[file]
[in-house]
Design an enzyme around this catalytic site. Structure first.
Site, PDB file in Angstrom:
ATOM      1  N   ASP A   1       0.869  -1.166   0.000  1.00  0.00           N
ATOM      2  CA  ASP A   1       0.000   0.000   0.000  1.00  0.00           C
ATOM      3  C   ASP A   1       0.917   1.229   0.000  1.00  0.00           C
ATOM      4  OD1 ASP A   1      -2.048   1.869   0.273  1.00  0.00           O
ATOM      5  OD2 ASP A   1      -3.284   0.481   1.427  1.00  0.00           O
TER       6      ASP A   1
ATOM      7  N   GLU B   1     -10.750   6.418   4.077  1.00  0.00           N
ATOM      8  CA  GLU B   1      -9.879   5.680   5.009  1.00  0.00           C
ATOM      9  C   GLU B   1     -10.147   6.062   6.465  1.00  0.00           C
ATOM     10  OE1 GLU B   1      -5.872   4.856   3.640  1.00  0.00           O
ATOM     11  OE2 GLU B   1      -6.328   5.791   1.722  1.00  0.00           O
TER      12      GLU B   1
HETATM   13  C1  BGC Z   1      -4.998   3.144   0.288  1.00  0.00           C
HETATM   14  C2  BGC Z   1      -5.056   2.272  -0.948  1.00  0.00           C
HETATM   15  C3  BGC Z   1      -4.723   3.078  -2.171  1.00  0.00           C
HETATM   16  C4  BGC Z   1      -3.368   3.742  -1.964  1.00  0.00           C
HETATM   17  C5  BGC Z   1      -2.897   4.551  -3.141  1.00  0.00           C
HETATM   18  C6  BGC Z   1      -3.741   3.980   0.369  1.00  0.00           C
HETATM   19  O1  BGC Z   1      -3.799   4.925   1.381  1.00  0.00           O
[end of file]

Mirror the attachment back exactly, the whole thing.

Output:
[in-house]
Design an enzyme around this catalytic site. Structure first.
Site, PDB file in Angstrom:
ATOM      1  N   ASP A   1       0.869  -1.166   0.000  1.00  0.00           N
ATOM      2  CA  ASP A   1       0.000   0.000   0.000  1.00  0.00           C
ATOM      3  C   ASP A   1       0.917   1.229   0.000  1.00  0.00           C
ATOM      4  OD1 ASP A   1      -2.048   1.869   0.273  1.00  0.00           O
ATOM      5  OD2 ASP A   1      -3.284   0.481   1.427  1.00  0.00           O
TER       6      ASP A   1
ATOM      7  N   GLU B   1     -10.750   6.418   4.077  1.00  0.00           N
ATOM      8  CA  GLU B   1      -9.879   5.680   5.009  1.00  0.00           C
ATOM      9  C   GLU B   1     -10.147   6.062   6.465  1.00  0.00           C
ATOM     10  OE1 GLU B   1      -5.872   4.856   3.640  1.00  0.00           O
ATOM     11  OE2 GLU B   1      -6.328   5.791   1.722  1.00  0.00           O
TER      12      GLU B   1
HETATM   13  C1  BGC Z   1      -4.998   3.144   0.288  1.00  0.00           C
HETATM   14  C2  BGC Z   1      -5.056   2.272  -0.948  1.00  0.00           C
HETATM   15  C3  BGC Z   1      -4.723   3.078  -2.171  1.00  0.00           C
HETATM   16  C4  BGC Z   1      -3.368   3.742  -1.964  1.00  0.00           C
HETATM   17  C5  BGC Z   1      -2.897   4.551  -3.141  1.00  0.00           C
HETATM   18  C6  BGC Z   1      -3.741   3.980   0.369  1.00  0.00           C
HETATM   19  O1  BGC Z   1      -3.799   4.925   1.381  1.00  0.00           O